In order to progress, we as a league have to do our part. This is a big ol’ fraternity and a family, and it’s basketball at the end of the day, you know. At the end of the day, I’m always trying to motivate people to be better and give opportunities. This is my chance, I have a platform. I’m able to highlight things I think are interesting and cool, and show their perspective.
SB: Do you feel like what you’re doing is breaking open people’s minds to watching the WNBA? Everyone in the NBA and WNBA are such fans of each other, but the fans sometimes miss that.
GARNETT: I don’t think it translates into television, or translates into views. You see some of these highlights with the young girls in high school and college coming into the WNBA, man, these girls are catching oops. The line has been pushed as we speak. We’re in the midst of transition. At some point, the momentum has to go this way, and I feel like I’m ahead of it.
At the end of the day it’s basketball to me. It’s all basketball, you’re learning from it whether a man is doing it or a woman is doing it.
SB: What was your relationship with Candace Parker before you brought her on the show?
GARNETT: Candace, that’s the little homie. We’ve always had cool energy. She’s always had an opinion when it came to basketball and when it came to certain moves. I respect her a lot in what she’s accomplished, but more importantly, her mind and how she sees it. She sees the game alike, and when we talk basketball, it’s King and Queen shit. I can’t describe it no other way.
We’re on that level where we just go back and forth on how we would guard something, defenses, offenses, strategies, passing, moving without the ball. She definitely has a high IQ for basketball. I love talking basketball with her.
SB: Did you see her potential as a broadcaster before?
GARNETT: It didn’t surprise me at all. This job we’re doing is nothing but what we’ve been taught our whole basketball career. We’re able to articulate and have a fanbase, and from that articulation, we’re telling perspective. We’re letting you in the mind of great offensive players, great defensive players, and what made them great. That’s one of the dope things about listening to her. She lets you in for a little bit inside her mind on how she saw the offense and how she saw the defense, and she countered with this.
The dopest joint was when she hit Steve Smith with the shimmy fade in heels. It don’t get no hotter than that yo.
Weak contest from Steve Smith on the Candace Parker fadeaway pic.twitter.com/sejn8oEVI6— CJ Fogler (@cjzero) October 23, 2018
SB: How do you think the Lynx come back and compete for a title this year?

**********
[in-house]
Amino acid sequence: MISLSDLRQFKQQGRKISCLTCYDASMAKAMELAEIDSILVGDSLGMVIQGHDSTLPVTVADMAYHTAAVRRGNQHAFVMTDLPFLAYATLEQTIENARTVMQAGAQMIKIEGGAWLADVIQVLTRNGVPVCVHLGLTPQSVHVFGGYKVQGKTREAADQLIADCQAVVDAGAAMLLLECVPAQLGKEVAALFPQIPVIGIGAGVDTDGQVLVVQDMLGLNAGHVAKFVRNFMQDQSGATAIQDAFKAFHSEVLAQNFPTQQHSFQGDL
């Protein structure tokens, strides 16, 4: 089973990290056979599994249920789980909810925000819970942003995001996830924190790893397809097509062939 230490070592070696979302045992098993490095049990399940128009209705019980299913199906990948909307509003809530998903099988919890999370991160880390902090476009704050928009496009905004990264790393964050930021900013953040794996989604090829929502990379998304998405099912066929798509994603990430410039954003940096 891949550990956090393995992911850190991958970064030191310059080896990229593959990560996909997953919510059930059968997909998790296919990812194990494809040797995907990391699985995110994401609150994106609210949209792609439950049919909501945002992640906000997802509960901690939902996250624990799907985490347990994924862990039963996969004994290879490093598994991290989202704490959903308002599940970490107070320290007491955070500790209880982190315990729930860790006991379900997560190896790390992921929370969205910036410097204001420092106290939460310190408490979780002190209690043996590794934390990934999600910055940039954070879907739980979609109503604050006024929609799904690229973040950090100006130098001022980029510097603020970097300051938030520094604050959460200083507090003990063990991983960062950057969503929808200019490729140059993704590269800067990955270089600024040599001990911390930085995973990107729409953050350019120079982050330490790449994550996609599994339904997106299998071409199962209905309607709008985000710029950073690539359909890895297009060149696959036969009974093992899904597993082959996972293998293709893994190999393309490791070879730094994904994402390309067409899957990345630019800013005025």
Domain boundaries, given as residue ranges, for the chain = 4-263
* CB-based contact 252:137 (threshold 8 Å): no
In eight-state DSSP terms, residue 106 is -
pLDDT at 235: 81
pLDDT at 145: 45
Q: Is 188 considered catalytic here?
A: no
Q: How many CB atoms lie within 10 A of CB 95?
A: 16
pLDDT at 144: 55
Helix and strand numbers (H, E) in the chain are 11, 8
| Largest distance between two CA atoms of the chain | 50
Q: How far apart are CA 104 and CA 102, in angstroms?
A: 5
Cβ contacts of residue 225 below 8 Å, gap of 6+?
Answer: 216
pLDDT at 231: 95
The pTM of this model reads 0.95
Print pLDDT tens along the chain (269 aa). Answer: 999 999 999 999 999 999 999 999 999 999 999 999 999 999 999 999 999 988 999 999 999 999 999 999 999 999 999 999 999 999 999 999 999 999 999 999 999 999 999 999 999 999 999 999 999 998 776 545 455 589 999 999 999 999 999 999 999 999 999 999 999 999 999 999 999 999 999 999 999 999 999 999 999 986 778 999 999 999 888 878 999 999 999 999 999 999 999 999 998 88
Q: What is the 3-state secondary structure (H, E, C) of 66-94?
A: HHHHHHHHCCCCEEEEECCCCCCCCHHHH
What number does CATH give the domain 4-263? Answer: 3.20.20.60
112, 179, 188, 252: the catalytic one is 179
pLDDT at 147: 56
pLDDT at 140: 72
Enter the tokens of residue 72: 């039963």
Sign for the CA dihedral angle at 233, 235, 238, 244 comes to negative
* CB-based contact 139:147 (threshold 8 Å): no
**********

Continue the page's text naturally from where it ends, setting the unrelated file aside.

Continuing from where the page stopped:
GARNETT: We’re going into a new era, and this is the first process of that. I think there’s going to be more changes. For them to get back to championship-caliber basketball, you’re going to have to make some changes.
The first part is identifying and growing with whoever the young point guard is going to be and the young nucleus, mixing the young generation and old generation to carry this tradition. They’ve built a tradition there, the Lynx. They have a formula that works.
It’s about transitioning position and getting that synergy. They have a formula and I look for them to fill in those key pieces and get back to what they know — and that’s winning.
SB: I guess any team with Maya Moore can figure things out.
GARNETT: That’s what I’m trying to tell you. We got the cream of the cream, ya feel me. We got buckets. She’s buckets. That’s buckets for days, you understand? However you want it.
SB: What do you think about Ryan Saunders’ early tenure with the Timberwolves replacing Tom Thibodeau?
GARNETT: I was excited he finally got an opportunity. I know his pops would be super proud. I know a lot of his determination and a lot of his will is wanting to be better than his dad and have his own mark in this league. It’s very hard to get a head coaching position.
At the same time it’s unfortunate for Thibs. Thibs is a really good coach. The new era is going to contest a lot of the coaches who are kind of yesteryear into making a transition. But he’s a good coach and I see him landing on his feet. I don’t see him having a problem being back in the league.
But I’m glad Ryno got a chance. He’s doing a great job. He’s vibrant. He’s young. He understands this era of basketball, and I see him making adjustments when he has to. He’s not one of these know-it-alls. He’s always been a person trying to be better and learn more. I look for big things coming from Ryno and the Wolves.
SB: What does Karl Anthony-Towns have to do to lead this team to the playoffs now that Jimmy Butler is gone?
GARNETT: Consistency. Consistency makes us better or less than the ones who came before us.
I’ve told him to focus on hooping and playing versus chatting and talking. KAT likes to let you know a lot. He’s very confident. But man, continue to work. You never want to get in a position where you feel like you don’t have to work anymore. I’m always telling him to continue to work and be better.
Listen, they’re underachieving and they know that. They’re a better team than what their record shows, and they have to be more consistent at the end of the day.